Let sold-out slutty housewife Mary Jane here paint a picture for you. She’s done  pretty good for herself. She’s got a great rack, some pearls on there, she’s literally on a pedestal. And she’s banging Spiderman.

Well, cleaning up after him, at least.

Set aside the bullshit excuses guys make and fact that we all might sleep with Superman–or just offer to do his laundry- if given the chance. The sad reality is that generally in nerd culture, women are regarded pretty much the same as they are by the barbaric, outdated institutions like fraternities and the Mormon church that nerd identity rebels against in the first place. And in American culture, we’d be much better off dropping the fantasy of the nerd getting the pretty girl in favor of pursuing another seemingly impossible scenario: the girl getting treated fairly by whomever she ends up with.

Beauty Tip: Don’t Sleep With Your Makeup On, In Case of Fire

For one thing, ‘the combination of makeup and built-up dead skin cells ground into skin immediately clogs pores.’

Growing up Mormon, my only directive was to marry a good returned missionary (an RM). This was, in all honesty, all the instruction to accompany my upbringing. At my most ‘spiritual’, I was also at my most superficial. Which is far from strange because The Spirit (the feeling of which one must announce as often as possible to other Mormons) is something I can best describe as a state of blankness. It’s peaceful. There’s nothing there.

So as a teen, I reapplied my makeup nightly, as well as sporadically throughout the night as I woke up and frittered my insomnia away about my parent’s sprawling ranch house. A few of my friends had all agreed that measures best be taken in case of an emergency; these were mainly envisioned as fires or sudden trips to the hospital. But I really committed to sleeping in full, powdered regalia after a midnight hazing the older cheerleaders undertook yearly to initiate the freshman squad.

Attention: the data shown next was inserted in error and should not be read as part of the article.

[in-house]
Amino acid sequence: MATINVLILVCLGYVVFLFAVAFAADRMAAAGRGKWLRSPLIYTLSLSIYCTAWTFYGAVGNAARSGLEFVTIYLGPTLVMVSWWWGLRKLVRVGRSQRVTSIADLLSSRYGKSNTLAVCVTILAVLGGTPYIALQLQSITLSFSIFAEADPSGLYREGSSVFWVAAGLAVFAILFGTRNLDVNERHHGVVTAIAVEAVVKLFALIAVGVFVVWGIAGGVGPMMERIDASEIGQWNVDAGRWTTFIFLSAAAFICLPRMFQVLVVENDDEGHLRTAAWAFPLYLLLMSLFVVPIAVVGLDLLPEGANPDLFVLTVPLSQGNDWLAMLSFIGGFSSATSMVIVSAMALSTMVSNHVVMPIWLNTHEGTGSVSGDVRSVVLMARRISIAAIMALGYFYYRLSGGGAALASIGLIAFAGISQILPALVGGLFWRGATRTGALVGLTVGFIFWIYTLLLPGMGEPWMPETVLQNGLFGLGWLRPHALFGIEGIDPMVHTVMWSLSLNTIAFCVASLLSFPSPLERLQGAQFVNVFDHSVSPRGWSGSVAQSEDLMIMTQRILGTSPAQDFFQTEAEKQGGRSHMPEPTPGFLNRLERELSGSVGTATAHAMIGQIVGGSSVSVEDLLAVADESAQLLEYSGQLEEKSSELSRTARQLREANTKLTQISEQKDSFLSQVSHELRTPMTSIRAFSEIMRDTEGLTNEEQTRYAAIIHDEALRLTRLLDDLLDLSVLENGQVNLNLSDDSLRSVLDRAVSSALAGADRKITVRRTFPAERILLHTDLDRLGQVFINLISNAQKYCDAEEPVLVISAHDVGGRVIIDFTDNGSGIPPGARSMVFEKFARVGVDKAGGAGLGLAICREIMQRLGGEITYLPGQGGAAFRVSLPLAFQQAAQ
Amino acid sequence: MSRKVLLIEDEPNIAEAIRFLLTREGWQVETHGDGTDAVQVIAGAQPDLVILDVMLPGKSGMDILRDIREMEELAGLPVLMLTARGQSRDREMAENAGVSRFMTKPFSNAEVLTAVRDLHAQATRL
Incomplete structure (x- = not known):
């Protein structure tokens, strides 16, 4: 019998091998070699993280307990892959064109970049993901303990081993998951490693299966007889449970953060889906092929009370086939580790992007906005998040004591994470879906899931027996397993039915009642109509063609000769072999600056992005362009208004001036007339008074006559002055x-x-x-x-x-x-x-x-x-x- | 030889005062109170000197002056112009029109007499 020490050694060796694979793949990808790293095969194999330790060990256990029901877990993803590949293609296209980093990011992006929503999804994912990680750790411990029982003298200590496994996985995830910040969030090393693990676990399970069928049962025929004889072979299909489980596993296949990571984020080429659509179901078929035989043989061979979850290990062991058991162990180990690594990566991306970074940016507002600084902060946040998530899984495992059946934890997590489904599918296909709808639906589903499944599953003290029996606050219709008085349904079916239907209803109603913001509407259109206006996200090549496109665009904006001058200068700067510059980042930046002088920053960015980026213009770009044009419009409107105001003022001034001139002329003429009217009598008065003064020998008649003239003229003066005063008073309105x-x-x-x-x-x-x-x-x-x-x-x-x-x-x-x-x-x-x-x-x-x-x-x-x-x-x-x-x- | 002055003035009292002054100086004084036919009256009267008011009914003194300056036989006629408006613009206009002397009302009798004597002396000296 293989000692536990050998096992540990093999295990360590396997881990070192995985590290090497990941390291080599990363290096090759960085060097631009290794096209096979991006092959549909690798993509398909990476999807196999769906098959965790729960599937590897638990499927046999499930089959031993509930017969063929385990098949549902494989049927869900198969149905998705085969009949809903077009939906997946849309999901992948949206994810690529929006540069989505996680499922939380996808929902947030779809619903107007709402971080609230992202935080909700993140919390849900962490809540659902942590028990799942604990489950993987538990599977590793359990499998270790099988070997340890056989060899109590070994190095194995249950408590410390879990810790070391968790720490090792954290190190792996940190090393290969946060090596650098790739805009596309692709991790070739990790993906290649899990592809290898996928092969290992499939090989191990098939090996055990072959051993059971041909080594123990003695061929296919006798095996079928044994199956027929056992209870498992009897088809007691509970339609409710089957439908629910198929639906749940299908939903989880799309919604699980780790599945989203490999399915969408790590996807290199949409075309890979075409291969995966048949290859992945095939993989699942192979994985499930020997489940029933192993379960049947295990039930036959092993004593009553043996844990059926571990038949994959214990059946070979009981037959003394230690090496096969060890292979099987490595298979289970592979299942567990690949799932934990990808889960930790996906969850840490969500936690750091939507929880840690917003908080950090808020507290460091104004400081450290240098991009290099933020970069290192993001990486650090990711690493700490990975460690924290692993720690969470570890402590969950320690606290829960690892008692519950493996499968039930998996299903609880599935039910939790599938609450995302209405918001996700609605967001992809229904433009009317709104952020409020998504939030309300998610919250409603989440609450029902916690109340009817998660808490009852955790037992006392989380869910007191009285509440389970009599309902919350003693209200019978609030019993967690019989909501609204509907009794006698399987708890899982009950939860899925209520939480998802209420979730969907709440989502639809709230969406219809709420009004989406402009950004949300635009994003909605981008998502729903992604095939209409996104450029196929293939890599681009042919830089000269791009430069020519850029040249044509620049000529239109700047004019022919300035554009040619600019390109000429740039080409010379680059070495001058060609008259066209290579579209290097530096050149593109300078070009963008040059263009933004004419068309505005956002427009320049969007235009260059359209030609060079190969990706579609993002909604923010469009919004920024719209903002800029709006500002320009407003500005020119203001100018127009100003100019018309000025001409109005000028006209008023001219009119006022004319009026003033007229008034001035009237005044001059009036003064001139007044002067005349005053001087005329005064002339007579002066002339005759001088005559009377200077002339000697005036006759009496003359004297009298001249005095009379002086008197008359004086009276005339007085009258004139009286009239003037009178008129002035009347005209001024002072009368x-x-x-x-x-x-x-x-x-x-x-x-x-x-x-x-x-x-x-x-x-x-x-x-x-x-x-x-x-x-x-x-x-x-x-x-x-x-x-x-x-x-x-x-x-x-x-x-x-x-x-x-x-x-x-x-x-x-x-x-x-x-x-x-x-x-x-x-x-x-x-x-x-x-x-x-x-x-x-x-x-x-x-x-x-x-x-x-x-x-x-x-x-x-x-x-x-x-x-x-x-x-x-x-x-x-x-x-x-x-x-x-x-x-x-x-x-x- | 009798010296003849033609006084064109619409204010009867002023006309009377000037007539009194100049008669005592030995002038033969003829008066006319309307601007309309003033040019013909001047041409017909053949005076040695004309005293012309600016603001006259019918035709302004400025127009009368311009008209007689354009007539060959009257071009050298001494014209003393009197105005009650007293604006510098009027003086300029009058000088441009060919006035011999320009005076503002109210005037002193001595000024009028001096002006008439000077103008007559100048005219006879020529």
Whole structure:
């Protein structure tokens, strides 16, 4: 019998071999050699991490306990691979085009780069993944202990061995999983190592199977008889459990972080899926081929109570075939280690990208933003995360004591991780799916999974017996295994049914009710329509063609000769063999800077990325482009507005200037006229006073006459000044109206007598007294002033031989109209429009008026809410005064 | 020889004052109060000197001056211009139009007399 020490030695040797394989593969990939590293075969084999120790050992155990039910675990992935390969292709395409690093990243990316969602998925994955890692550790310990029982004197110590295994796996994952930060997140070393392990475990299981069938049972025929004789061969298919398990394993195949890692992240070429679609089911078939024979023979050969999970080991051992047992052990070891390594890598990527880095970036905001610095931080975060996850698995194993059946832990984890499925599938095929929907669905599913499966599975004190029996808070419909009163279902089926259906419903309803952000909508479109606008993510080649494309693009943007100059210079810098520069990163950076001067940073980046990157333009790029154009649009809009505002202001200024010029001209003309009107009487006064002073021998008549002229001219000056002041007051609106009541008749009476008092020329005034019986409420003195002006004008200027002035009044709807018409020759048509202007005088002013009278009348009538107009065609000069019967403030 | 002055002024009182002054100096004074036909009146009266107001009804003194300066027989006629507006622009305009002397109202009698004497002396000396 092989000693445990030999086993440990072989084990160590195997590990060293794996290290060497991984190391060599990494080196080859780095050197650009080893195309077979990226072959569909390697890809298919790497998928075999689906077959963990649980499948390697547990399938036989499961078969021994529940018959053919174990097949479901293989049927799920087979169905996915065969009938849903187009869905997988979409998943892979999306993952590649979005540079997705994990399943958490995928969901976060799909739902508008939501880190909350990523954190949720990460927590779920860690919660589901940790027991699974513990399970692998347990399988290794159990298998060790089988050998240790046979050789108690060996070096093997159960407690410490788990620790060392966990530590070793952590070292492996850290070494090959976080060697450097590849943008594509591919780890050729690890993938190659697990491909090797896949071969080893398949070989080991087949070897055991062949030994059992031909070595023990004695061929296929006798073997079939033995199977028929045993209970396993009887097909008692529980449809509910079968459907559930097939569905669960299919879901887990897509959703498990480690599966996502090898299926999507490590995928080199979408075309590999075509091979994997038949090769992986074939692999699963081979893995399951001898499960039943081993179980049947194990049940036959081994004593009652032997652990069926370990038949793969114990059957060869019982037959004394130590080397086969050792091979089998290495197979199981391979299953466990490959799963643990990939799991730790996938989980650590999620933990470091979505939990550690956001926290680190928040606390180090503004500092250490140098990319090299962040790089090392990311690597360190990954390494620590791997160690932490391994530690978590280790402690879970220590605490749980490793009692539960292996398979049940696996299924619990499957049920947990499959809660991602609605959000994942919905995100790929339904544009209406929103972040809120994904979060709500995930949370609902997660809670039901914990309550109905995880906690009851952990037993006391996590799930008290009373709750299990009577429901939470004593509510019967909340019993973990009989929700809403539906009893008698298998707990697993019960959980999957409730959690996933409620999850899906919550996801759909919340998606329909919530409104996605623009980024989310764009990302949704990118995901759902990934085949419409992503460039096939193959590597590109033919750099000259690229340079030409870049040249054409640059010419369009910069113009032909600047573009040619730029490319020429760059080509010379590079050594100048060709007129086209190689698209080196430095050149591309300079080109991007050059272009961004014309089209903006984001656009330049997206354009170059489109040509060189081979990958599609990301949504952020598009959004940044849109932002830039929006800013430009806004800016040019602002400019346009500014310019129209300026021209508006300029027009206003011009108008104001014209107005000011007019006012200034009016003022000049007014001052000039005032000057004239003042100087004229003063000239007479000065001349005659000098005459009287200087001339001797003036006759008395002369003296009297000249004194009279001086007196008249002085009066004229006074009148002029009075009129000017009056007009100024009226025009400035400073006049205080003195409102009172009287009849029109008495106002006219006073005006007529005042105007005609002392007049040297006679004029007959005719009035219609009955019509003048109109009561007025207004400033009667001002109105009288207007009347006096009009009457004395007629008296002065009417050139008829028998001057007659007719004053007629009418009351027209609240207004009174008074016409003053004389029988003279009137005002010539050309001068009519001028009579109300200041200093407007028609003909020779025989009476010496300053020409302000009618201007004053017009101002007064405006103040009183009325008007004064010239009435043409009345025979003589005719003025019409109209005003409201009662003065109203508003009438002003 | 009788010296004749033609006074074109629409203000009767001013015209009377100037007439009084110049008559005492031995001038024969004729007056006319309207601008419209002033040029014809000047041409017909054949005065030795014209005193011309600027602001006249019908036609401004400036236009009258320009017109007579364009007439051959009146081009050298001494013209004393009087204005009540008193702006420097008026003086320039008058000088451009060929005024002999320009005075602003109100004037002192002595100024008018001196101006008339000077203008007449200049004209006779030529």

We freshmen had to go buy tampons at a Walgreens in which a particularly cute male cashier worked nights. Without makeup was the point, and getting tampons while crawling the entire way were kind of garnishes on the humiliation. Of course, I wasn’t supposed to use tampons. They tampered with one’s virginity. So the mortifying showcase trumpeting one’s menarche was additionally embarrassing to me in that I always did feel that I was wearing diapers. Diapers in a symbolic, social sense, and also literally. I don’t think I bought pads that night instead; that would have drawn extra attention to myself, though satisfying my ingrained frugality.

As a result of sleeping in makeup nightly, my pores clogged. Adding to the pre-existing teenage acne, I developed quite awful skin, leading me to be ever more vigilant that it remain slathered at all times. Besides, waking with makeup on came in handy for seminary class, a religious study course Mormons have to attend daily before high school. Before school for us, that is- we were painfully mindful that the Utah Mormons got to take seminary at their public schools, as an elective. No five a.m. honking of minivan horns for them.